.

Kraftwerk Day Four: 1978's 'The Man-Machine'

Rolling Stone chronicles the German band's eight-night stand at the Museum of Modern Art

April 14, 2012 4:20 PM ET
kraftwerk
Kraftwerk performs at the Museum of Modern Art in New York.
Mike Coppola/Getty Images

In a 2009 interview, Kraftwerk leader Ralf Hutter revealed the source of his careerlong obsession with the fusion of man and technology. "This rhythm, industrial rhythm, that’s what inspires me," he told me. "It’s in the nature of the machines. Machines are funky." Night four of "Kraftwerk – Retrospective 1 2 3 4 5 6 7 8" proved a spirited defense of Hütter’s proto-disco dissertation, as the band launched immediately into the title track of 1978’s The Man-Machine. On a screen behind the group, the 3D animation of the album cover’s El Lissitzky-inspired Modernist graphics was the most site-specific of Kraftweek thus far, given the MoMA setting. In the crowd, for the first time all week, there was plenty of dancing mekanik.

Along with Giorgio Moroder’s "Chase," also from 1978, the shimmering arpeggiated synths of Kraftwerk’s "Spacelab" and "Metropolis" basically set the template for Italo-disco, and both songs sounded splendid in the MoMA’s intimate atrium. In addition, the animation accompanying "Spacelab" a view from Earth orbit, unfolding like NASA Imax Shuttle porn – was the most successful realization of the possibilities of Kraftweek’s 3D format, and the audience, more raucous than the previous three evenings, cheered wildly as the animated space station seemed to buzz like a Stuka right over their heads.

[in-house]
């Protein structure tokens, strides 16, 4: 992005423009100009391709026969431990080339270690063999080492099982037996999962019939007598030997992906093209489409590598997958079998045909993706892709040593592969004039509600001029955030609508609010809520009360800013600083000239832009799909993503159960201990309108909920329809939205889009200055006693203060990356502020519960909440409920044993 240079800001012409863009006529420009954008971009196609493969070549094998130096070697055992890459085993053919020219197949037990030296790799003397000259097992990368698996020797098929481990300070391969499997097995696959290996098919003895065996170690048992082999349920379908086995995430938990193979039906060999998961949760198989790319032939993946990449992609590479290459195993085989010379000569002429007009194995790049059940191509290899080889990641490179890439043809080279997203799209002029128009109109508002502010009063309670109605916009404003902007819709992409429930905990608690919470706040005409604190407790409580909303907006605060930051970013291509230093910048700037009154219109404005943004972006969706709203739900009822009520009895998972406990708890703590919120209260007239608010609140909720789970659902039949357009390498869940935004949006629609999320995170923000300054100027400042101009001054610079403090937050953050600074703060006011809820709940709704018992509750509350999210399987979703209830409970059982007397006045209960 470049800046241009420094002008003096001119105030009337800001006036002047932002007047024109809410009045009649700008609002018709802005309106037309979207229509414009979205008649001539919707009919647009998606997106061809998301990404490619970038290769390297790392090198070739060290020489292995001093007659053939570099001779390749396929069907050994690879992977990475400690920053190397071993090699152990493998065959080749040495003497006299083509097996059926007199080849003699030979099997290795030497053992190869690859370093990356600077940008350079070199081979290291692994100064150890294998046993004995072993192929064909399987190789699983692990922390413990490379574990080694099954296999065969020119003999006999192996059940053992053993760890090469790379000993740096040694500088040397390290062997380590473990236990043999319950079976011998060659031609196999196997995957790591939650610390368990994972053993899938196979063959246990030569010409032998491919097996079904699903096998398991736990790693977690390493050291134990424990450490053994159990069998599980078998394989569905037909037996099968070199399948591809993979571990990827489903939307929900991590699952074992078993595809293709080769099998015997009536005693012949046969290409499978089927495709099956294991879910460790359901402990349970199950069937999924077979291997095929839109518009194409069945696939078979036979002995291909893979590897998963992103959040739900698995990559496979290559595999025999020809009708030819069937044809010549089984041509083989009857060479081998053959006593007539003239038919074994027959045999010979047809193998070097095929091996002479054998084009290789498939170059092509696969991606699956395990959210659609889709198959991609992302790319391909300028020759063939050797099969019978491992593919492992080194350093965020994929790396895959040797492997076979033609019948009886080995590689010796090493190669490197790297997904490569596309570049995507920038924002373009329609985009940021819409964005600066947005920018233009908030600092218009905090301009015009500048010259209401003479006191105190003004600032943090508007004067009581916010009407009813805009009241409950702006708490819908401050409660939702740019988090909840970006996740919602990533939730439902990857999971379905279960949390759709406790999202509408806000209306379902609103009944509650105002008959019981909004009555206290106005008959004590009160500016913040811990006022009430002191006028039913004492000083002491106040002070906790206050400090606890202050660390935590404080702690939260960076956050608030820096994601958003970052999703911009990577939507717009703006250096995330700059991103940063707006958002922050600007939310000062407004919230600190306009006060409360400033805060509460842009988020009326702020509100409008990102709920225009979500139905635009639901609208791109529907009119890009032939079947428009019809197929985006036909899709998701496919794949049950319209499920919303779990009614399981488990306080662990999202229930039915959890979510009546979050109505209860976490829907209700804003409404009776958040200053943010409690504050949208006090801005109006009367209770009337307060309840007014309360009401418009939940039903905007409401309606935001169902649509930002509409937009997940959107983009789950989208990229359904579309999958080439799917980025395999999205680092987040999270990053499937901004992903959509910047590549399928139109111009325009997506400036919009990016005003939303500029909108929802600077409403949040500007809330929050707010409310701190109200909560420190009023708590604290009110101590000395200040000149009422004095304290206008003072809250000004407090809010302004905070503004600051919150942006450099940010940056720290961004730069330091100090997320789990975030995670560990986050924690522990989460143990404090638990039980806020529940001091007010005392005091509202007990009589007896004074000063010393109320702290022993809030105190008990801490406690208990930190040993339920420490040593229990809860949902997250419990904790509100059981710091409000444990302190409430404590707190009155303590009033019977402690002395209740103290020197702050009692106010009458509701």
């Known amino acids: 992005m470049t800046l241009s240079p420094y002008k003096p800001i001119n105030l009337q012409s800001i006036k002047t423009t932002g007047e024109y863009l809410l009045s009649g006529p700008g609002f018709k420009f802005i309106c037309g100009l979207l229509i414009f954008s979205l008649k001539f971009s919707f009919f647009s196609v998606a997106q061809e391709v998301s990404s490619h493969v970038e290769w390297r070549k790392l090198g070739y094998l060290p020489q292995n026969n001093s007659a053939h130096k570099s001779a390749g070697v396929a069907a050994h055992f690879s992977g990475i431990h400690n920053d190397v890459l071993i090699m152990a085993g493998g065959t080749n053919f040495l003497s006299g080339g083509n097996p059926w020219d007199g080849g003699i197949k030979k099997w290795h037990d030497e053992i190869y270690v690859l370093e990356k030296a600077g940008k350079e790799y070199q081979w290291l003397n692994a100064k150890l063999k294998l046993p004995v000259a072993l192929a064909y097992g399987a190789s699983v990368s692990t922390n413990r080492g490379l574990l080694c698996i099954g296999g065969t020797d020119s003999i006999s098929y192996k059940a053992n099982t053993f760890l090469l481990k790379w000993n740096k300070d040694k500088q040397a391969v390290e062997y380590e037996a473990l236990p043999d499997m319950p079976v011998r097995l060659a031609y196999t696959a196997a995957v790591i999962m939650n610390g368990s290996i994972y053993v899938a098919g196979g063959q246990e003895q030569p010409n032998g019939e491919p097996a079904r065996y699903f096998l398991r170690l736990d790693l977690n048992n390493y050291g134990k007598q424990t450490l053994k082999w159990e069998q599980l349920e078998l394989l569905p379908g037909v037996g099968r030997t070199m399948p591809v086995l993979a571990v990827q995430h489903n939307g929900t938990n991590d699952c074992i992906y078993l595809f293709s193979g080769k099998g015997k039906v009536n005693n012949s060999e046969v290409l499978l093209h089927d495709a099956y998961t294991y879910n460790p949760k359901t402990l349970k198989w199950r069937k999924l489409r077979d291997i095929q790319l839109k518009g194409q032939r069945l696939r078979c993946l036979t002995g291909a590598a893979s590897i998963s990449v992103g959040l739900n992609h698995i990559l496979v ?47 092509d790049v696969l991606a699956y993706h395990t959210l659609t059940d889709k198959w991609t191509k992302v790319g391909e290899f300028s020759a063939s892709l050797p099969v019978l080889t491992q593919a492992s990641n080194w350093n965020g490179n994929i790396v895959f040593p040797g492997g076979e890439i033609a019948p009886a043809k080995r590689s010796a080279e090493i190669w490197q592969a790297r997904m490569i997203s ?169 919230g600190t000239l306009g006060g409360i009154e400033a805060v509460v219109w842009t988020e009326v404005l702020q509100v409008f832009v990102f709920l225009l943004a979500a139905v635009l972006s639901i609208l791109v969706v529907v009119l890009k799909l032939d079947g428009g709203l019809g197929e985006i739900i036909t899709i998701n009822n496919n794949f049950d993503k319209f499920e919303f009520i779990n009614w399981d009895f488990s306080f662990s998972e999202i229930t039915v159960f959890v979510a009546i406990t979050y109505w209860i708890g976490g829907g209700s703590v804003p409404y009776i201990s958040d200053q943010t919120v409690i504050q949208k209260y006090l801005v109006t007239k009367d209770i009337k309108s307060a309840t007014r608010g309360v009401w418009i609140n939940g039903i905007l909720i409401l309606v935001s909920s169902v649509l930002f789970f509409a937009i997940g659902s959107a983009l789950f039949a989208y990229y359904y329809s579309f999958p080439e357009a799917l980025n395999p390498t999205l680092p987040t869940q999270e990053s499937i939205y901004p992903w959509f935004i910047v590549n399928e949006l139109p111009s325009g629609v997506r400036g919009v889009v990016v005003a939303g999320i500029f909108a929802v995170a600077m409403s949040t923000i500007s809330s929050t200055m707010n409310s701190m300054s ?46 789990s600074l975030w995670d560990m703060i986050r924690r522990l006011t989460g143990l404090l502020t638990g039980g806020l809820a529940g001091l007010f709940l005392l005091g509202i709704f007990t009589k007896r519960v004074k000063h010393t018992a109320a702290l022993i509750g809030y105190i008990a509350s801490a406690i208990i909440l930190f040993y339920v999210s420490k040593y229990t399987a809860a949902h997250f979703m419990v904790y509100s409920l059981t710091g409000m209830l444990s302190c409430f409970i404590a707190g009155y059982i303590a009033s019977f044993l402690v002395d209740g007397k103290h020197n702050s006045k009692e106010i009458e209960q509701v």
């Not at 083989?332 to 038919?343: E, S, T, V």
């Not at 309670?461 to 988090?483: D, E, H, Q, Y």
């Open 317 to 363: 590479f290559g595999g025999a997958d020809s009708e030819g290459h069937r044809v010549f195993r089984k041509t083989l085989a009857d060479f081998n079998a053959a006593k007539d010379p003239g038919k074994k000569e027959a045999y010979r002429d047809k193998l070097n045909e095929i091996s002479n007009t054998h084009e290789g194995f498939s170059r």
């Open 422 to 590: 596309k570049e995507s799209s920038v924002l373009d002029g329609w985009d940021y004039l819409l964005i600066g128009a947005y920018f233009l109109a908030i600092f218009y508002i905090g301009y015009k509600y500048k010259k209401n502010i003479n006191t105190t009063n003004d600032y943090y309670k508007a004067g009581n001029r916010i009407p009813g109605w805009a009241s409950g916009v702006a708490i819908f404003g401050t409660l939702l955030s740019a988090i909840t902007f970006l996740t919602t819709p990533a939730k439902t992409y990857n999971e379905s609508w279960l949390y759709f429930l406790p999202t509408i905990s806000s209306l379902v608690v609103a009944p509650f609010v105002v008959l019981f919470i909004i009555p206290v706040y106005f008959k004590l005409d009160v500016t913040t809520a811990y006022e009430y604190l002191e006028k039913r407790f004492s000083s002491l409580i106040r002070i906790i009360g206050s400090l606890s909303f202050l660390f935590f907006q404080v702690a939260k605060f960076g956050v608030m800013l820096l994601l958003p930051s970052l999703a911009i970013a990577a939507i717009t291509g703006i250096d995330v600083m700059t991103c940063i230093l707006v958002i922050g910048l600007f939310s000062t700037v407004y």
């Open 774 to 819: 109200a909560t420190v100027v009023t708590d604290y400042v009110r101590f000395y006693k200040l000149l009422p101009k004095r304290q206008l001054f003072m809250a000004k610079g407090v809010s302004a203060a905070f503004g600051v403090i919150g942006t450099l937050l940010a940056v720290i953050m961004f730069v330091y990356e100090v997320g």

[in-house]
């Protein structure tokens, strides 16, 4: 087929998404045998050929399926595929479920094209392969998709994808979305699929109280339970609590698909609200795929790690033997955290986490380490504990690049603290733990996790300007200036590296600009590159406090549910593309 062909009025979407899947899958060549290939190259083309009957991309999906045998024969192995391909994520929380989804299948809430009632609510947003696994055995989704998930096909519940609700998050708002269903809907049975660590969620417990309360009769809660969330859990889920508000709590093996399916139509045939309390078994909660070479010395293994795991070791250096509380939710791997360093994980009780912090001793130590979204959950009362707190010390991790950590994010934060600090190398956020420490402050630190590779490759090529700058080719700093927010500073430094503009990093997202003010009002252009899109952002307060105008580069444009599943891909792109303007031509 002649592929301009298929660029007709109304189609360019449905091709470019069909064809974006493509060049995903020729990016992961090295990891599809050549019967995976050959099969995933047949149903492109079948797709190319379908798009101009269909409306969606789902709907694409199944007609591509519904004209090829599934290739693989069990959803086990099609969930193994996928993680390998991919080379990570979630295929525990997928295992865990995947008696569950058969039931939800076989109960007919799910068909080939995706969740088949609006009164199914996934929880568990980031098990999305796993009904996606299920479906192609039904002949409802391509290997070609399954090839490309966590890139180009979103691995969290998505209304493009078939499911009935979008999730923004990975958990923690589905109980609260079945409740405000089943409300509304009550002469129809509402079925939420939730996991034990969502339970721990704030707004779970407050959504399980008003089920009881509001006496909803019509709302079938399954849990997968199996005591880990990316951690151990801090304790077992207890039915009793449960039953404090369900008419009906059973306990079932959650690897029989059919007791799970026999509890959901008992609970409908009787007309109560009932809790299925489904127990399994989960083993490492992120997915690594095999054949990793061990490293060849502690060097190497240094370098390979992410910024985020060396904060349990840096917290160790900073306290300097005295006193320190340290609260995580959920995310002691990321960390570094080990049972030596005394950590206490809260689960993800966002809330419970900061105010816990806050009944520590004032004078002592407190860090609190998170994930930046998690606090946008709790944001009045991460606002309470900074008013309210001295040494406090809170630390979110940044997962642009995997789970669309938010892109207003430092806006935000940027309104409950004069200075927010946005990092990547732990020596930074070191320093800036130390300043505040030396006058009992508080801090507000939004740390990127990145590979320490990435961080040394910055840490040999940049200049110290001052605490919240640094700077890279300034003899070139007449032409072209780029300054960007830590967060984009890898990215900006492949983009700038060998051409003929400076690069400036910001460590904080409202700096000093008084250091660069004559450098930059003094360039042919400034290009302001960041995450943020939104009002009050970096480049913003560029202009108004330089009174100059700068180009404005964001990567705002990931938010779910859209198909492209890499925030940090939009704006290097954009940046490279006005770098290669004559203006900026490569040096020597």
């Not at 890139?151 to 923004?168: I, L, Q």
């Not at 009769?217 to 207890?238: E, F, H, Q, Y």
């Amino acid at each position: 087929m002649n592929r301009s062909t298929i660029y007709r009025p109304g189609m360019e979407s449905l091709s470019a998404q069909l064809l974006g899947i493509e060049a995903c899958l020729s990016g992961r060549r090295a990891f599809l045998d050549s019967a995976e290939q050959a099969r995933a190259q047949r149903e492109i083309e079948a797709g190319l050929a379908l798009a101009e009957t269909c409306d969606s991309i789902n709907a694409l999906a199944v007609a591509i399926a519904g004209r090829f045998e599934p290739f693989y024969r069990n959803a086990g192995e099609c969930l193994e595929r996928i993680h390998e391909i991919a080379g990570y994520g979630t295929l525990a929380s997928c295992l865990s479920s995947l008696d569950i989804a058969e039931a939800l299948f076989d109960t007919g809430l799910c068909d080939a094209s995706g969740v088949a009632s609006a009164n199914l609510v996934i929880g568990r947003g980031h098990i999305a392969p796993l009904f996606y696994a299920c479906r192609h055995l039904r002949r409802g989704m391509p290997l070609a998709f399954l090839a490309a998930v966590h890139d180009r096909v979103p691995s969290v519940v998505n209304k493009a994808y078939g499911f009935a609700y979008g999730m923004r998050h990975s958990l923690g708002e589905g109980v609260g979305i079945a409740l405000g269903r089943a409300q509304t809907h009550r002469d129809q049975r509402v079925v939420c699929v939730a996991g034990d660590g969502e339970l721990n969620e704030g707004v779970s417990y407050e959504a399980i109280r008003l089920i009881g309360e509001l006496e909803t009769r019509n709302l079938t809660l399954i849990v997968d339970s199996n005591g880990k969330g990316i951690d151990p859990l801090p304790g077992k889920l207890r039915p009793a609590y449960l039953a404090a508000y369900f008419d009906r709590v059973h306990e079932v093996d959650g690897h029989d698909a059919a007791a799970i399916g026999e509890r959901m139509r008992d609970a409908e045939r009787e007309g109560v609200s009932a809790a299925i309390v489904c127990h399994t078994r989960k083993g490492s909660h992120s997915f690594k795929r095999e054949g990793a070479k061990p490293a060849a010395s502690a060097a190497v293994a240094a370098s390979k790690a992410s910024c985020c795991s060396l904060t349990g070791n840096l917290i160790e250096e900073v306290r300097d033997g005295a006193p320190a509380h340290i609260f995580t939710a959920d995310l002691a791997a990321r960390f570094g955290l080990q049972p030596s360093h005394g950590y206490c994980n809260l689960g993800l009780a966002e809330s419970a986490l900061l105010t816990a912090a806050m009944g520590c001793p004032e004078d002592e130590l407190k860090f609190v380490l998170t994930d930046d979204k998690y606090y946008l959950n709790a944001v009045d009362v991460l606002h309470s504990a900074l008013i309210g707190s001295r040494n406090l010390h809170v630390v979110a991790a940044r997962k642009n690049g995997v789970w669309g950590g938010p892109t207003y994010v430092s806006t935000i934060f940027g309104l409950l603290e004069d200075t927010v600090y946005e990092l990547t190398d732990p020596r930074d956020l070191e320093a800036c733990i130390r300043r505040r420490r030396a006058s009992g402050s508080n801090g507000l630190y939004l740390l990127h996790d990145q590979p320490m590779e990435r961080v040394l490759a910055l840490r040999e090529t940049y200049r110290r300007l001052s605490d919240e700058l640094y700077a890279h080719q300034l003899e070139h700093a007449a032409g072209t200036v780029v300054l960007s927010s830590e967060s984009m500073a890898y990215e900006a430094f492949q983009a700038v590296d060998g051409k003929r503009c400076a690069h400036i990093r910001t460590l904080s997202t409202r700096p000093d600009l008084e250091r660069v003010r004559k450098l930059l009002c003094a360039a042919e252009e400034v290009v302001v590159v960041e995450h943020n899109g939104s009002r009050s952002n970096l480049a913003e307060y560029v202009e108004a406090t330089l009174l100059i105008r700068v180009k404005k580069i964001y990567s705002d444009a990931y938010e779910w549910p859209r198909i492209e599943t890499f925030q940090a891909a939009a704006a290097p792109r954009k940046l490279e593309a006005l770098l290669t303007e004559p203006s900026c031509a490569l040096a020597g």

Where Ralf and Florian had begun as conservatory longhairs, experimenting in electro-acoustic improvisation, by The Man-Machine they had perfected their formula of pure pop for Neu! people. Songs like "The Robots" (their trademark), "The Model" (their biggest-ever hit, reaching Number One in the UK in 1982), and "Neon Lights" paved the way for the early Eighties synth-pop explosion of groups like OMD, Depeche Mode, and Human League. It’s no surprise that the influence of this album remains enduring, as there’s something timeless and universal about their songwriting of this period. In a 2009 interview, producer and DJ Francois Kevorkian described Kraftwerk’s melodies as having "this sort of greatness to them, because they’re so simple but they’re so catchy and so beautiful...their music is real simple, only the essential things are there." I’ve personally witnessed "The Robots" totally rescue a five-year-old’s birthday party from the brink of chaos, instantly transforming a room full of pint-sized hellions smashing against each other like hadrons in a supercollider into a spontaneous robot conga line. Go ahead and just try to keep from whistling along to any of the songs on The Man-Machine; it’s practically an autonomic reaction. I know at least I couldn’t stop on Friday night.

To read the new issue of Rolling Stone online, plus the entire RS archive: Click Here

prev
Music Main Next

blog comments powered by Disqus
Around the Web
Powered By ZergNet
Daily Newsletter

Get the latest RS news in your inbox.

Sign up to receive the Rolling Stone newsletter and special offers from RS and its
marketing partners.

X

We may use your e-mail address to send you the newsletter and offers that may interest you, on behalf of Rolling Stone and its partners. For more information please read our Privacy Policy.

Song Stories

“Try a Little Tenderness”

Otis Redding | 1966

This pop standard had been previously recorded by dozens of artists, including by Bing Crosby 33 years before Otis Redding, who usually wrote his own songs, cut it. It was actually Sam Cooke’s 1964 take, which Redding’s manager played for Otis, that inspired the initially reluctant singer to take on the song. Isaac Hayes, then working as Stax Records’ in-house producer, handled the arrangement, and Booker T. and the MG’s were the backing band. Redding’s soulful version begins quite slowly and tenderly itself before mounting into a rousing, almost religious “You’ve gotta hold her, squeeze her …” climax. “I did that damn song you told me to do,” Redding told his manager. “It’s a brand new song now.”

More Song Stories entries »
 
www.expandtheroom.com